3 Answers | Add Yours
There are several themes worth studying in The Glass Menagerie. The most evident is likely the difference between appearances and reality.
Many of the characters believe in an idealized future. Another issue is characters living in the past. This is likely very indicative of the Great Depression era in which the story is set because for some, hope is all that they had left.
The character who most embodies the difference between reality and fantasy is Laura. We see this most clearly in her relationship to her glass animal collection.
One theme you could look at is what we live for, what keeps us going, what floats our boat.
Each of the characters in The Glass Menagerie live for something different, have different views of their lives, different, visions of the present the past and the future.
Amanda is worried about her daughter, Laura. She is concerned that, with her brother gone and she, her mother, dead, Laura will not be able to take care of herself. Amanda is afraid that Laura may not survive without someone to care for her. What Amanda lives for is the coming of a "gentleman caller" who will sweep Laura off her feet and take her away and love her and cherish her.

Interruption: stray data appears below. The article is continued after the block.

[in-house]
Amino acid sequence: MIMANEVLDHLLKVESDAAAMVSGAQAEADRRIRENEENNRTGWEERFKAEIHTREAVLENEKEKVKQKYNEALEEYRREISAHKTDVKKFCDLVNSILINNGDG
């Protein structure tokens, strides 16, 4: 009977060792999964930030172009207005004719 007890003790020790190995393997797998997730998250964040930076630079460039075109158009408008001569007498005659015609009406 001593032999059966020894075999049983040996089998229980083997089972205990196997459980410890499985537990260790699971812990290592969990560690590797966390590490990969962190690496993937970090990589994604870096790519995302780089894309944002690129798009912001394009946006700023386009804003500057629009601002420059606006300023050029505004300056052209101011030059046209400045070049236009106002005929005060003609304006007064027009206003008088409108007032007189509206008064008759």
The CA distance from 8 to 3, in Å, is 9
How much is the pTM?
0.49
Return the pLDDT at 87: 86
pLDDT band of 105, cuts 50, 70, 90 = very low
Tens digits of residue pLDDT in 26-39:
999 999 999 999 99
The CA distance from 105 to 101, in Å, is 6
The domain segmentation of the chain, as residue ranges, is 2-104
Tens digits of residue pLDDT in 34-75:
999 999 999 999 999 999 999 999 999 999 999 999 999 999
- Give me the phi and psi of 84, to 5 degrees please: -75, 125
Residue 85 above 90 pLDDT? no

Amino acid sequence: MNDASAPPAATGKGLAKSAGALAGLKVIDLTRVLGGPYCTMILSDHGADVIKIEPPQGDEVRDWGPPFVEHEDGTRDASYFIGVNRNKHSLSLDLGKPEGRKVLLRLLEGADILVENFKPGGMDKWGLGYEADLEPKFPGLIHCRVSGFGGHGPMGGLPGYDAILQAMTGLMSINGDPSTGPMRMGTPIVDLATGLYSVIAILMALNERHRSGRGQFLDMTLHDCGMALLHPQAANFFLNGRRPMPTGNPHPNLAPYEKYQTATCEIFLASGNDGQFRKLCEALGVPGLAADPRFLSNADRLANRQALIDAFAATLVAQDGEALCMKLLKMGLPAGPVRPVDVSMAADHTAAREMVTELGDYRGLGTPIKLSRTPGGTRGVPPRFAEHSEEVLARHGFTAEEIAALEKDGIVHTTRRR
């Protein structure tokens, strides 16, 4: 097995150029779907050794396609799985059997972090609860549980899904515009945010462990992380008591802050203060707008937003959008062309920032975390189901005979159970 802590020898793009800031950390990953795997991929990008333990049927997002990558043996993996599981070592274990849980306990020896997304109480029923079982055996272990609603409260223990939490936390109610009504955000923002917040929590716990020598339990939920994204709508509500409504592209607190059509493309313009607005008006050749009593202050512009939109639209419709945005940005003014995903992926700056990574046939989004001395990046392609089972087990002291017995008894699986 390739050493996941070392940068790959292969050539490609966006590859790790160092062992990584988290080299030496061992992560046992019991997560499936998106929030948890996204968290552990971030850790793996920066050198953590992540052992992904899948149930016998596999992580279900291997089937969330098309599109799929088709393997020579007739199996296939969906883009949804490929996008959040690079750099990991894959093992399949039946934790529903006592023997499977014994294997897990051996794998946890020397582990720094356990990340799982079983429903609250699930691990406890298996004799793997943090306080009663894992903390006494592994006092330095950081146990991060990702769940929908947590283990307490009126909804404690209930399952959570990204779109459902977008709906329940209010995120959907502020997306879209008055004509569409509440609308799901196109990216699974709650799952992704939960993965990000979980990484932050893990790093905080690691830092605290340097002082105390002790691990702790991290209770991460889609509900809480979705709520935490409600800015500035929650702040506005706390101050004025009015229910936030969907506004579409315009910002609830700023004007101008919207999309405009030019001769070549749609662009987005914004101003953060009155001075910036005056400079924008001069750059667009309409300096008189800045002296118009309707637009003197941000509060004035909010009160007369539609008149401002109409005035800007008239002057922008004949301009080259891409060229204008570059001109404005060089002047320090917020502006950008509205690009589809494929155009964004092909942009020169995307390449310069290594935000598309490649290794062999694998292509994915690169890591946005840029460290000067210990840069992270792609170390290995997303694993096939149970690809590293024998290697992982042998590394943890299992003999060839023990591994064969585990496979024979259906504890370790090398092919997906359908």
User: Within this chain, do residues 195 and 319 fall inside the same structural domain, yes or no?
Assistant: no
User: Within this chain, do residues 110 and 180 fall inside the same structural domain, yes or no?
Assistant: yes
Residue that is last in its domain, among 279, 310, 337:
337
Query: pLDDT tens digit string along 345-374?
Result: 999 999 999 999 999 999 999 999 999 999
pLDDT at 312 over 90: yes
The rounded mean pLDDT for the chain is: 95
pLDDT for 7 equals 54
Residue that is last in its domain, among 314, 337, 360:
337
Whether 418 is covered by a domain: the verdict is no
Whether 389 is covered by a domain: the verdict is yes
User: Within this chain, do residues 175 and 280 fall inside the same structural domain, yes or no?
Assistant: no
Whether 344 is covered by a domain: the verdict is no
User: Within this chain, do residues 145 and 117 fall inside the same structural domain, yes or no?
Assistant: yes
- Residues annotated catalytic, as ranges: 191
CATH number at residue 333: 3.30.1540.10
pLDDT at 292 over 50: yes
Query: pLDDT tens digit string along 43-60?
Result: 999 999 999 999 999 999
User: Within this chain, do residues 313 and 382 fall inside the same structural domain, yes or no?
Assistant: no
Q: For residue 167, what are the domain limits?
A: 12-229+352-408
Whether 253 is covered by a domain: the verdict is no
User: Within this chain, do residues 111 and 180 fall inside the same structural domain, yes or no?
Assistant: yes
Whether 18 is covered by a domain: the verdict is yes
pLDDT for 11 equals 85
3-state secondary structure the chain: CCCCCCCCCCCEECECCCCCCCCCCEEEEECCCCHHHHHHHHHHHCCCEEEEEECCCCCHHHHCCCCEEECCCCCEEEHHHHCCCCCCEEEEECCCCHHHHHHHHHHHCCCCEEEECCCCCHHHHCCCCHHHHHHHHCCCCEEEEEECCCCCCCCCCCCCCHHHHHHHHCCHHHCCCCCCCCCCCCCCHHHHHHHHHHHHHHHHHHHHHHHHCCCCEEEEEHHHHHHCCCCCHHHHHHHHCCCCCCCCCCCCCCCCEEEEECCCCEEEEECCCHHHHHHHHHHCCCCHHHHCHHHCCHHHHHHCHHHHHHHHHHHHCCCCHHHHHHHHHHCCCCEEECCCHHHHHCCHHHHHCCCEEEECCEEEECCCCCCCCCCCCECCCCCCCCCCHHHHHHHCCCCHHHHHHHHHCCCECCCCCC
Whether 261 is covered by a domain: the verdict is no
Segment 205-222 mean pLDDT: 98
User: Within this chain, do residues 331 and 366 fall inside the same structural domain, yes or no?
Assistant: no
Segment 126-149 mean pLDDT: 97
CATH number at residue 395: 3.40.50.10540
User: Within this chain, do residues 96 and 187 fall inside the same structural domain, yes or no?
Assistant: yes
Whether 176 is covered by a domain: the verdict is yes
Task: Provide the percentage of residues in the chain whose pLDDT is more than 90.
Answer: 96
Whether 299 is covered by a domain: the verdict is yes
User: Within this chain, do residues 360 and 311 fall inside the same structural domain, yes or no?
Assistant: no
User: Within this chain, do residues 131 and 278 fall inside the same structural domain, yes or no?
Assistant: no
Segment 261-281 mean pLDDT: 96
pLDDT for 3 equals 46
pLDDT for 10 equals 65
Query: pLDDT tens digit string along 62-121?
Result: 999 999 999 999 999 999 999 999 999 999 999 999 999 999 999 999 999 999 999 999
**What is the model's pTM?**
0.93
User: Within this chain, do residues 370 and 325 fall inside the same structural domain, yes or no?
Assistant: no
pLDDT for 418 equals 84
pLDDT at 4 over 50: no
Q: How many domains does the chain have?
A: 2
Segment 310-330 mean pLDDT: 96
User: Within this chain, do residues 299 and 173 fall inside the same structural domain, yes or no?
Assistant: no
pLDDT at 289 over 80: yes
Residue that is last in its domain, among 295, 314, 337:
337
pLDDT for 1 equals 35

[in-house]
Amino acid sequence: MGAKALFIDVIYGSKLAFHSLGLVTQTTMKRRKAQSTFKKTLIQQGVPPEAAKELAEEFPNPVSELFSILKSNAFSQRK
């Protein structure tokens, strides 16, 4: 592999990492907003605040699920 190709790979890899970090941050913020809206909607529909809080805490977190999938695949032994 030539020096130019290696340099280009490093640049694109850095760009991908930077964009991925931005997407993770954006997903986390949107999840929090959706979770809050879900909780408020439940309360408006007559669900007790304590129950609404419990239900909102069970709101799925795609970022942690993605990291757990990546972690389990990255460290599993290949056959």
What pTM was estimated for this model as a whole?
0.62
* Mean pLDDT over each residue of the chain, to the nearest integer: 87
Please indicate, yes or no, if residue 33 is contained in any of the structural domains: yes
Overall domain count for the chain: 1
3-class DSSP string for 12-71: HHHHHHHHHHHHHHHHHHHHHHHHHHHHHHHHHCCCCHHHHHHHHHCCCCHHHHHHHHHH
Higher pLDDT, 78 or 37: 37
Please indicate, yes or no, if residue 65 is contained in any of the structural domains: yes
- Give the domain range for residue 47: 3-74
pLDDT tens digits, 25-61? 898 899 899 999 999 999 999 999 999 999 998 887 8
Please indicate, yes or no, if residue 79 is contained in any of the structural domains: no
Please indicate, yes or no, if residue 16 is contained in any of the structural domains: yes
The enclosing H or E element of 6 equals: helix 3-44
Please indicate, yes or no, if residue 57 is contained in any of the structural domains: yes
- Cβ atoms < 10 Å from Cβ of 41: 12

Tom lives for the possibility of something more dynamic than his daily, dreary, humdrum existence. He works in a shoe warehouse and desires desperately to get out of his present life. He wants to (and will) join the Merchant Marine and set sail for ports unknown... places that he hopes will give him freedom to search out romance and adventure.
Laura is happy with her old phonograph records and her collection of little glass animals, her glass menagerie. Hard as it may be for one to believe, polishing her little glass animals and making up stories about them is just about all Laura needs to make her content. Would she be any different if she had a real relationship with a gentleman caller? Maybe. But her glass collection fulfills most of her needs.
The play The Glass Menagerie was developed by Williams to demonstrate how people create illusions for themselves in order to survive. In the play the daughter is not who the mother wants her to be. Her mother gets her set-up in a school only to learn that she never attends.
The mother pushes her son to invite male friends home, but with the intent to match-make her shy introverted daughter. Tom visit the house with the intent on having dinner at a friend's home only to find out he is there to be a potential suitor for Laura. When it is learned that he is engaged the mother's dream falls apart.
Laura has locked herself away in the glass menagerie of animals that she prizes. The kindom provides her with safety and escape from a world that she can not understand. Like the glass animals her sanity is fragile.
We’ve answered 288,075 questions. We can answer yours, too.Ask a question